President Obama once wanted something better.    I believe in my heart our President still dreams of a day when we will have real healthcare reform—quality, affordable medical care for every one of us.

We can’t afford to take much time for regrets.  We need to push, harder and more effectively, for Expanded, Improved Medicare for All.   How can we learn from this experience, quickly, to do better next time?  I have a few lessons to suggest.

Votes Count.  Even though we didn’t get to directly vote for constitutionality or for the Justices, we did elect the Presidents who appointed them and the Legislators who confirmed them.  We had a part to play in letting the ACA stand and in this blow to the poor.  The Republicans have a number of ways to continue finishing off the rest, and you can be sure they’ll do their darndest.  We are only going to get as good as we vote for.  For Court appointees, our votes can affect what happens to our country for decades to come.  There is no excuse for taking your right to vote lightly.  Contrary to the Randian/ Libertarian fear about being made to support the public good at the “point of a gun” and despite serious corporate influence on policy-making, we the voters still have a say.  Use it.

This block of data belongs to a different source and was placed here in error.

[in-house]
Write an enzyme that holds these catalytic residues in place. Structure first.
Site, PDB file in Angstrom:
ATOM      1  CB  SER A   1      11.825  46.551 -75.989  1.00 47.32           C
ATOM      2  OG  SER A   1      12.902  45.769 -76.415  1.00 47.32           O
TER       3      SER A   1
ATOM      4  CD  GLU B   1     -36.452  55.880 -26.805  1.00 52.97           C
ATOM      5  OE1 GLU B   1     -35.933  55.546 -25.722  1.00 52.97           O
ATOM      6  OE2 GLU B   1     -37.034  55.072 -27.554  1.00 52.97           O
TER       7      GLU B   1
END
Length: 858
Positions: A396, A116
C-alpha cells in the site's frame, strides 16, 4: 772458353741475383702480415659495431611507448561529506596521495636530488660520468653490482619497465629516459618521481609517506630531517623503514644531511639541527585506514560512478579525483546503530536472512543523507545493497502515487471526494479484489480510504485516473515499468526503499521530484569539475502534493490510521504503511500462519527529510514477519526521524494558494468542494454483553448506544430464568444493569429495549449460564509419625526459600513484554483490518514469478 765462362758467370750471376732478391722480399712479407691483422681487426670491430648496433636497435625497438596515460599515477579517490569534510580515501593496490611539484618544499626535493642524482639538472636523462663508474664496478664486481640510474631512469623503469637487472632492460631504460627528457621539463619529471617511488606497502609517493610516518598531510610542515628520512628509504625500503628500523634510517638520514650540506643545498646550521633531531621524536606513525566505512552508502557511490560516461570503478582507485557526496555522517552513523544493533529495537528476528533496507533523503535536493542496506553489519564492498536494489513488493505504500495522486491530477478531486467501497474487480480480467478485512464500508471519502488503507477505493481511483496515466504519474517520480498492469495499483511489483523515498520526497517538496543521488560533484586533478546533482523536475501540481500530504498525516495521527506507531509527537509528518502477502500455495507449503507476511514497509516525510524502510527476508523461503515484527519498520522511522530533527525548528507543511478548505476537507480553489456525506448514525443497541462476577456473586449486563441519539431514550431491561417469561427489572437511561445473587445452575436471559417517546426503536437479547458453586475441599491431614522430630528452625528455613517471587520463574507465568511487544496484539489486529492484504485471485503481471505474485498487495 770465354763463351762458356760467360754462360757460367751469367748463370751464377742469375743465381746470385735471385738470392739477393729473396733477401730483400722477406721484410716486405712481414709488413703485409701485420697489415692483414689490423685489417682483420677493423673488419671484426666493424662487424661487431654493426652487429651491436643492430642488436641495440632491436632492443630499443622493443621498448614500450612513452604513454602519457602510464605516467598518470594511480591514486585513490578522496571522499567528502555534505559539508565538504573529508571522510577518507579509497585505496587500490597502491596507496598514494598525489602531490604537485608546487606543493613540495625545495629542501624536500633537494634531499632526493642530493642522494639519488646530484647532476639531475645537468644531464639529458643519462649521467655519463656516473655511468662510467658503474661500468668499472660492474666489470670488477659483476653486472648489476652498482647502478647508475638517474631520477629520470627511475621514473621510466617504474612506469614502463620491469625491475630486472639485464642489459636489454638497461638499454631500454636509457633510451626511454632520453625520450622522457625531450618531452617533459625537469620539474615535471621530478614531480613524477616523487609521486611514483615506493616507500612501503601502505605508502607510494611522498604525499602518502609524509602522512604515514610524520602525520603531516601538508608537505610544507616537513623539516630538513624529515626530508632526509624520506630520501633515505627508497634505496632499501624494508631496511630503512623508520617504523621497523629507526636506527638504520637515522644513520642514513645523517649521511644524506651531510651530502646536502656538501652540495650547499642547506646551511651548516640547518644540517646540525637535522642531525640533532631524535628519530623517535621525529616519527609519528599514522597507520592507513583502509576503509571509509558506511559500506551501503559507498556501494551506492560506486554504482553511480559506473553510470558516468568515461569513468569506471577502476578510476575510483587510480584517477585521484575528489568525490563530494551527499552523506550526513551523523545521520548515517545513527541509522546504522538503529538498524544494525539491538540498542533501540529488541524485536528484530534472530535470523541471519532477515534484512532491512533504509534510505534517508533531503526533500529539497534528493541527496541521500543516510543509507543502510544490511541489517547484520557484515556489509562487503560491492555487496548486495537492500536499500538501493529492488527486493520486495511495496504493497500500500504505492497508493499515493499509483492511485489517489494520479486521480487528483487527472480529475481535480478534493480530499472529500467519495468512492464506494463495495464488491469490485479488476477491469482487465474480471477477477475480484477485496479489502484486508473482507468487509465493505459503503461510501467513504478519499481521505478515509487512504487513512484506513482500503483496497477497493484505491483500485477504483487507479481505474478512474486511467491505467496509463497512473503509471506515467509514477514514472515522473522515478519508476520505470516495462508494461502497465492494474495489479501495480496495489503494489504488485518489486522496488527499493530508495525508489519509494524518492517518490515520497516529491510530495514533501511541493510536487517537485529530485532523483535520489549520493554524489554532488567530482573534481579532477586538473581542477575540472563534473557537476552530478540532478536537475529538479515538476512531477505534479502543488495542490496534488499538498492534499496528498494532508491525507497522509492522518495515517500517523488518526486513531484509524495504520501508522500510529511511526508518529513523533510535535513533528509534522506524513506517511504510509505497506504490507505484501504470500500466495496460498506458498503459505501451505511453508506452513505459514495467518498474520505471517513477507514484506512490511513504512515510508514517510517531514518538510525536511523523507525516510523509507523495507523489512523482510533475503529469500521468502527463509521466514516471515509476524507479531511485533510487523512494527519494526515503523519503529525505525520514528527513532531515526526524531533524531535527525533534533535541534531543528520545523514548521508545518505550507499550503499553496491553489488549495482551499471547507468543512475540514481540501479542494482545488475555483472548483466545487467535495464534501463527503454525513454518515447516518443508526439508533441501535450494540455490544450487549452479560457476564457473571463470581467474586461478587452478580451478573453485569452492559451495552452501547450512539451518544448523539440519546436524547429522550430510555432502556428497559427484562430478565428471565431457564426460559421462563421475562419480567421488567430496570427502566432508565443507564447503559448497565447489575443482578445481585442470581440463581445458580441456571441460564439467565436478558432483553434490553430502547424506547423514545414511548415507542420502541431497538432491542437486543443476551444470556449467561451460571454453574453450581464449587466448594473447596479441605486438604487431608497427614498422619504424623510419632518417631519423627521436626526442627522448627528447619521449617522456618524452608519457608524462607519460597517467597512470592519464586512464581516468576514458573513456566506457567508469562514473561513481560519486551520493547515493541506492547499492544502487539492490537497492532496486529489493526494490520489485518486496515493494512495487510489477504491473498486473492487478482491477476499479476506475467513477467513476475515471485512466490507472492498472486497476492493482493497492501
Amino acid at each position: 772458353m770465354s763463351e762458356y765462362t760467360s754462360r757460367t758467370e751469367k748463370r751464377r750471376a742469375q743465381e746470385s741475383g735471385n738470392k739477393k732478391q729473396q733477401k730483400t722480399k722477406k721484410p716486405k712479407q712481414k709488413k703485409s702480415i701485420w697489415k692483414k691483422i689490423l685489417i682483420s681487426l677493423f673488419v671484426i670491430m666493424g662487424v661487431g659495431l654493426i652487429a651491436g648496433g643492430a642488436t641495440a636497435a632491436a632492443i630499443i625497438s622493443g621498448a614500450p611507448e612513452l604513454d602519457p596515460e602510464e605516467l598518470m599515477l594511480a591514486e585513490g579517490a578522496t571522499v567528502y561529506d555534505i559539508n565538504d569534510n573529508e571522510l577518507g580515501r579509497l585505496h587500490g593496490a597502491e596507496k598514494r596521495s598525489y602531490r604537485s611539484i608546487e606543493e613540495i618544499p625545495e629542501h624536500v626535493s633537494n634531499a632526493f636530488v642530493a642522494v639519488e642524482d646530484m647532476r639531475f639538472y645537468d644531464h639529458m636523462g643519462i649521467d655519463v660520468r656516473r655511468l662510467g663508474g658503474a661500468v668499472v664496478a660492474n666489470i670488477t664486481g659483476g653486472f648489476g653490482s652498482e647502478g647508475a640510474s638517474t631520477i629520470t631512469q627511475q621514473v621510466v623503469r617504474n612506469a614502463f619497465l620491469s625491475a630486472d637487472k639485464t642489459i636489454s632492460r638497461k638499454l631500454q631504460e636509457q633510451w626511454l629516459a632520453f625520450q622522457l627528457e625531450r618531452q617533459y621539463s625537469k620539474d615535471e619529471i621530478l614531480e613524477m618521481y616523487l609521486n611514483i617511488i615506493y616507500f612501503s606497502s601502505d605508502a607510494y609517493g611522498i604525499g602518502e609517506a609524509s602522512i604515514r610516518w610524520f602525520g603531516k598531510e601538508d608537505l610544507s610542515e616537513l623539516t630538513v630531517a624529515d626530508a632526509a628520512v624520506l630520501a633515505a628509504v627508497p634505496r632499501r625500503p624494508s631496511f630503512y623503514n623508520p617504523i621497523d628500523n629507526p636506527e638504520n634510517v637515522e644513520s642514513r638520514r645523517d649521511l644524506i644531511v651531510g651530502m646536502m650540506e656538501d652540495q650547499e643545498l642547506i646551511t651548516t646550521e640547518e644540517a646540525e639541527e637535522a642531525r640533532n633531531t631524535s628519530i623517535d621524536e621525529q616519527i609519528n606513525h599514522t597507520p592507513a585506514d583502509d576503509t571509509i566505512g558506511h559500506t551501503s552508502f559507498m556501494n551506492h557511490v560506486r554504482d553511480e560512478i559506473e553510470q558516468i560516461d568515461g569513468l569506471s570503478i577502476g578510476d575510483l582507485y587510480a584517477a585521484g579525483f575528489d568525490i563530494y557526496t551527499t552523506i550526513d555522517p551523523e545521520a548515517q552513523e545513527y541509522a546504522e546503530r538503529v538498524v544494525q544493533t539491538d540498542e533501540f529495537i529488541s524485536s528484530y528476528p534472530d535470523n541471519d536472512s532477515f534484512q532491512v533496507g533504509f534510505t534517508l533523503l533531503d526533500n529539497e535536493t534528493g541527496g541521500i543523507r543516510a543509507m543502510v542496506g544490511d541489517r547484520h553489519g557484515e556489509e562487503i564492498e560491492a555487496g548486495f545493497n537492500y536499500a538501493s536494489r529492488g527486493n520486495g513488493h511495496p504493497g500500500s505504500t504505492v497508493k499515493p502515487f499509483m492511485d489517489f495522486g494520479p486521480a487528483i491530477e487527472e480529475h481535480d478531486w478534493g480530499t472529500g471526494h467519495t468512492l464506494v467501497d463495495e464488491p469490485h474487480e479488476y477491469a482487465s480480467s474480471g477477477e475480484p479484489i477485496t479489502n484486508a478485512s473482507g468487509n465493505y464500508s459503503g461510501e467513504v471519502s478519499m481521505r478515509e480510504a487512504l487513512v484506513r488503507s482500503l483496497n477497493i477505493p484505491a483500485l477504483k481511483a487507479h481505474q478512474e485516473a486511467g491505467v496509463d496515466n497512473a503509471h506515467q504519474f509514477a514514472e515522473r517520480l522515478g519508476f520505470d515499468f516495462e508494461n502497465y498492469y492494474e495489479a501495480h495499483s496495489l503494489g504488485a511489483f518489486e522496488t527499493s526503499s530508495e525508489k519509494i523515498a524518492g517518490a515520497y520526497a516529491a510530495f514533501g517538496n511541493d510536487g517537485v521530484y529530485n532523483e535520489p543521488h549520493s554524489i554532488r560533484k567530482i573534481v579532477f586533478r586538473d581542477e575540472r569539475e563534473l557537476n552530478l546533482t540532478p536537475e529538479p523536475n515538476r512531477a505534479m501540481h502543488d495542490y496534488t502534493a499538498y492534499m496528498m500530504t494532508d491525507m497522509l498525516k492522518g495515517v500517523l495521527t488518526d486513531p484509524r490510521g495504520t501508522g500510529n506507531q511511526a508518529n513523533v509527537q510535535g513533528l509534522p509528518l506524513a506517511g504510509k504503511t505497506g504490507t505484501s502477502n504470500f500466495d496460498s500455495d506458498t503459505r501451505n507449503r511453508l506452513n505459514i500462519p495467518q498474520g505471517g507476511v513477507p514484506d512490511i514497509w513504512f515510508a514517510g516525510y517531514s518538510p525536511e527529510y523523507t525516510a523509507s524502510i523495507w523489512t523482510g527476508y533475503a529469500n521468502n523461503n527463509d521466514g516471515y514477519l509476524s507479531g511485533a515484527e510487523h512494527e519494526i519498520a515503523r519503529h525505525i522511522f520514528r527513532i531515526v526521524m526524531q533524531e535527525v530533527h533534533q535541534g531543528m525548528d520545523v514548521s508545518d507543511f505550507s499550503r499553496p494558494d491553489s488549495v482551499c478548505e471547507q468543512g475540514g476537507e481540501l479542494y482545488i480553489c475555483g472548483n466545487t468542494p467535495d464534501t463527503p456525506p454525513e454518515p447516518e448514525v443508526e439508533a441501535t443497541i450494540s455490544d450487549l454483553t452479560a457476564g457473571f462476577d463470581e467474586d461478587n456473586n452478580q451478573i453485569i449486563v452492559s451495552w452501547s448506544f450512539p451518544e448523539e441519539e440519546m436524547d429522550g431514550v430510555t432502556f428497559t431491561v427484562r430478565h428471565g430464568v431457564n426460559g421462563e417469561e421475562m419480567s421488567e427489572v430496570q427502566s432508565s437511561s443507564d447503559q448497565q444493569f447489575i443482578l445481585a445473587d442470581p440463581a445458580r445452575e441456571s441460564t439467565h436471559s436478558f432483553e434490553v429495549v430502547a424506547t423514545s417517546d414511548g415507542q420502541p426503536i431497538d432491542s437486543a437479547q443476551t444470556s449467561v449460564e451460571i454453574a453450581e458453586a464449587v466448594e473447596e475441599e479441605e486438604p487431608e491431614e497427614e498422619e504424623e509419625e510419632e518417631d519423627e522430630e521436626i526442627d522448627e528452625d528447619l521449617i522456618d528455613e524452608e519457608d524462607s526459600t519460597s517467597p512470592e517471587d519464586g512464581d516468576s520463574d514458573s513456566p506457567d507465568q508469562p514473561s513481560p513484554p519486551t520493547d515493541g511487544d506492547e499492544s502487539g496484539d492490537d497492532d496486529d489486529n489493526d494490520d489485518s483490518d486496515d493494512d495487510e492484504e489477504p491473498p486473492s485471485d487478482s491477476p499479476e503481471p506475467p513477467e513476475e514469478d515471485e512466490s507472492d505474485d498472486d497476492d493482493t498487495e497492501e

Emergency relief measures are not a substitute for real reform, but they matter.  It may still take us awhile to get the national health insurance program we need.  In the meantime, it is the right and decent thing to enact some stop-gap help for those in the worst straits.  The ACA has a few of those left, mainly coverage of young adults and prescription coverage for Medicare.  But to cut out mandatory coverage for the poorest poor adults is a travesty.  If the Court could finagle around to change the “penalty” for the individual mandate to say it really meant a “tax”, they could have found a way to save this part.  We didn’t have to wait for a more comprehensive solution to do this basic act of humanity.  We wouldn’t wait to give pain medicine until after a broken leg is fixed.  At the same time, we should not get confused and think pain medicine will repair the problem.